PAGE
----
by Sara Pacelle

If you find yourself needing to enhance your resume with new or improved skills, you may want to consider taking an online course. 
I have found one website, lynda.com to be one of the best online learning sites to gain new skills and build on existing ones. Founded in 1995, lynda.com has an extensive library of video tutorials taught by some pretty impressive teachers  .lynda.com has particular strengths in online learning, particularly in the areas of graphic design, web development, software development and professional development.
 
According to their website,lynda.com is an online learning company that helps anyone learn software, design, and business skills to achieve their personal and professional goals. With a lynda.com subscription, members receive unlimited access to a vast library of high quality, current, and engaging video tutorials. New courses and topics are added every week at no extra cost. We carefully select the world’s top experts who are the best in their field, passionate about their subject matter, and know how to teach. Members tell us that a lynda.com subscription instills self-confidence and unlocks a sense of accomplishment that they have not found anywhere else.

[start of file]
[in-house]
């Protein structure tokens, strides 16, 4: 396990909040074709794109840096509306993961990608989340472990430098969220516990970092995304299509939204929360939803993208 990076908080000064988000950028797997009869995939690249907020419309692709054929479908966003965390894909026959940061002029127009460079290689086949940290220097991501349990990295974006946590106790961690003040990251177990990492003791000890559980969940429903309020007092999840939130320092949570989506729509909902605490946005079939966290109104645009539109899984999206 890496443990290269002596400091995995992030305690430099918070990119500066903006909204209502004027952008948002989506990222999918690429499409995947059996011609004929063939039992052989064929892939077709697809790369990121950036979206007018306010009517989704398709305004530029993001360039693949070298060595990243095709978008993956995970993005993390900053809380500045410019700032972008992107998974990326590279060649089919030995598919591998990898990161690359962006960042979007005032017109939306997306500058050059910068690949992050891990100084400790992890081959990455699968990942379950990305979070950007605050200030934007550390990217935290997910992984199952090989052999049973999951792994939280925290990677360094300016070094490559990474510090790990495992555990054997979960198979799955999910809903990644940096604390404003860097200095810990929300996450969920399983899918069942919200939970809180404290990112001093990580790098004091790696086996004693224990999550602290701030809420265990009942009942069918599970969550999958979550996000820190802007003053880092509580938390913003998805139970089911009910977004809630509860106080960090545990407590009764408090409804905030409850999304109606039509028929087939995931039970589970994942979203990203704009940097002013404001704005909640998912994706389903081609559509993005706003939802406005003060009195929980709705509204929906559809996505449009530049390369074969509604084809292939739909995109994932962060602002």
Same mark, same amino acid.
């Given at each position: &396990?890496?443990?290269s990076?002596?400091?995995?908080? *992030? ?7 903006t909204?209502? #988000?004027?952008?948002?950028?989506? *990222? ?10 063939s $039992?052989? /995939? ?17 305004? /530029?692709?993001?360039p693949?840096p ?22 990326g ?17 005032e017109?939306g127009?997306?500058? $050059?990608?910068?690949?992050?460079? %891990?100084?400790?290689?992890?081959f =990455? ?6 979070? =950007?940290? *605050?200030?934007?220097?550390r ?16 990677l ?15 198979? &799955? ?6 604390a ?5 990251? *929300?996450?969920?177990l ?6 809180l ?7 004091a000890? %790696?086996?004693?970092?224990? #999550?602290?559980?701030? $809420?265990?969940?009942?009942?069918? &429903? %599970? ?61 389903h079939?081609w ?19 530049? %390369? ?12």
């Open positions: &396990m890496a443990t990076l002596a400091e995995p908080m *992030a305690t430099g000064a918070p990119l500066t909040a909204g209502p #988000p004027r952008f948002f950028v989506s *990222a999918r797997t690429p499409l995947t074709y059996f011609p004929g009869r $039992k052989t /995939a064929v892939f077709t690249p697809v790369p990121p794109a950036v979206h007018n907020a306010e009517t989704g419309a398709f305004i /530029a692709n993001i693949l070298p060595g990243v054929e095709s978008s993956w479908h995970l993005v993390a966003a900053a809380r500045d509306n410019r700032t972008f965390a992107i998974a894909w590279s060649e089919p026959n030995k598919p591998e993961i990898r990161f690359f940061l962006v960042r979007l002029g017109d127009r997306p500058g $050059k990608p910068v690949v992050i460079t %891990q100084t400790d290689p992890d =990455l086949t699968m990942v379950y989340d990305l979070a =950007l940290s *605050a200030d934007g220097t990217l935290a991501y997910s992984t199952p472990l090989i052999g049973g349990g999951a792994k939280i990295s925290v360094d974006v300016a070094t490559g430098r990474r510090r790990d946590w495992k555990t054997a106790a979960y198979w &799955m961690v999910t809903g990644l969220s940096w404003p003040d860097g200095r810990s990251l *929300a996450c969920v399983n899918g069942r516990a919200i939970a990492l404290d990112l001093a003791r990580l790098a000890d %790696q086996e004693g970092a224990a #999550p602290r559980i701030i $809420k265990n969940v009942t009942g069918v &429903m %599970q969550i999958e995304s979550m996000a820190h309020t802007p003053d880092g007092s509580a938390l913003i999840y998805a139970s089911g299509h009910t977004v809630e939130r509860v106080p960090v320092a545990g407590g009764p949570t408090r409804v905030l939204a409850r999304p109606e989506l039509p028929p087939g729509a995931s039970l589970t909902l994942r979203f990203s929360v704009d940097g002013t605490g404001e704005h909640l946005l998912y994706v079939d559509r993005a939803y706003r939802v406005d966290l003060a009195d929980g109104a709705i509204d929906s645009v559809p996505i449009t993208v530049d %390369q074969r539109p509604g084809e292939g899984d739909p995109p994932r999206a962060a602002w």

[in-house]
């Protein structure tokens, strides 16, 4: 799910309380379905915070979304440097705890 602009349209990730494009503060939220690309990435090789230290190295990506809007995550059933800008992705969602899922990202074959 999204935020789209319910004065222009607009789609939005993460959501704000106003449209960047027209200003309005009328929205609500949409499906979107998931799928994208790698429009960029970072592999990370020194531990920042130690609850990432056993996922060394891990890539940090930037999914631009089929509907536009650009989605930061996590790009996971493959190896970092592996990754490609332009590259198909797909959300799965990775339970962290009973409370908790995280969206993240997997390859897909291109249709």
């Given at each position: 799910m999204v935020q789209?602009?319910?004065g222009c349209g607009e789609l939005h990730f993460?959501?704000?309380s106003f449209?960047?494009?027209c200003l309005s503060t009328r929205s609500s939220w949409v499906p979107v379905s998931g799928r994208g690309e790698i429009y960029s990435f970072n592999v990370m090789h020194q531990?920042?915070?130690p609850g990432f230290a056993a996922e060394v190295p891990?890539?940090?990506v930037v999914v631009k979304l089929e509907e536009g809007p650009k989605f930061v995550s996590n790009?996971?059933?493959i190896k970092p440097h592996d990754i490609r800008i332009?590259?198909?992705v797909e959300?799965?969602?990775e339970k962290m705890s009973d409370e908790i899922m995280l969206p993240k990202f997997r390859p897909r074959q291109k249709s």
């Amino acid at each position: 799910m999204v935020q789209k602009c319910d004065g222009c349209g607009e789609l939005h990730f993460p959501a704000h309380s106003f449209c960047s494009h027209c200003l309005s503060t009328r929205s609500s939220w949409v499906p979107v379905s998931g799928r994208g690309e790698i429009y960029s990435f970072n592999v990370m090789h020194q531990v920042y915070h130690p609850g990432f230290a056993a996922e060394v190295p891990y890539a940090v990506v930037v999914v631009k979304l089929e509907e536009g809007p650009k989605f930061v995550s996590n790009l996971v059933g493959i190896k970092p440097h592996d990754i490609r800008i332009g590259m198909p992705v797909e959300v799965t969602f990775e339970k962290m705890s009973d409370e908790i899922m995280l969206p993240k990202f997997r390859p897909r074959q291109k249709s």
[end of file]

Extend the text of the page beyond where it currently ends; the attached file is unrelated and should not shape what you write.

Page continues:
You do have to pay for the coursework, but at $25/month, you can take as many courses as you would like and at times and location most convenient for you.


Do you recommend any other online learning sites?

Worth checking out.
 
 
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by Thomas Friedman, New York Times
This article originally appeared in the New York Times in February 2014.  Interesting to note that Google prefers using structured behavioral interviews to predict job candidate's future success.

 - Sara

LAST June, in an interview with Adam Bryant of The Times, Laszlo Bock, the senior vice president of people operations for Google — i.e., the guy in charge of hiring for one of the world’s most successful companies — noted that Google had determined that “G.P.A.’s are worthless as a criteria for hiring, and test scores are worthless. ... We found that they don’t predict anything.” He also noted that the “proportion of people without any college education at Google has increased over time” — now as high as 14 percent on some teams. At a time when many people are asking, “How’s my kid gonna get a job?” I thought it would be useful to visit Google and hear how Bock would answer.

Don’t get him wrong, Bock begins, “Good grades certainly don’t hurt.” Many jobs at Google require math, computing and coding skills, so if your good grades truly reflect skills in those areas that you can apply, it would be an advantage. But Google has its eyes on much more.

“There are five hiring attributes we have across the company,” explained Bock. “If it’s a technical role, we assess your coding ability, and half the roles in the company are technical roles. For every job, though, the No. 1 thing we look for is general cognitive ability, and it’s not I.Q. It’s learning ability. It’s the ability to process on the fly. It’s the ability to pull together disparate bits of information. We assess that using structured behavioral interviews that we validate to make sure they’re predictive.”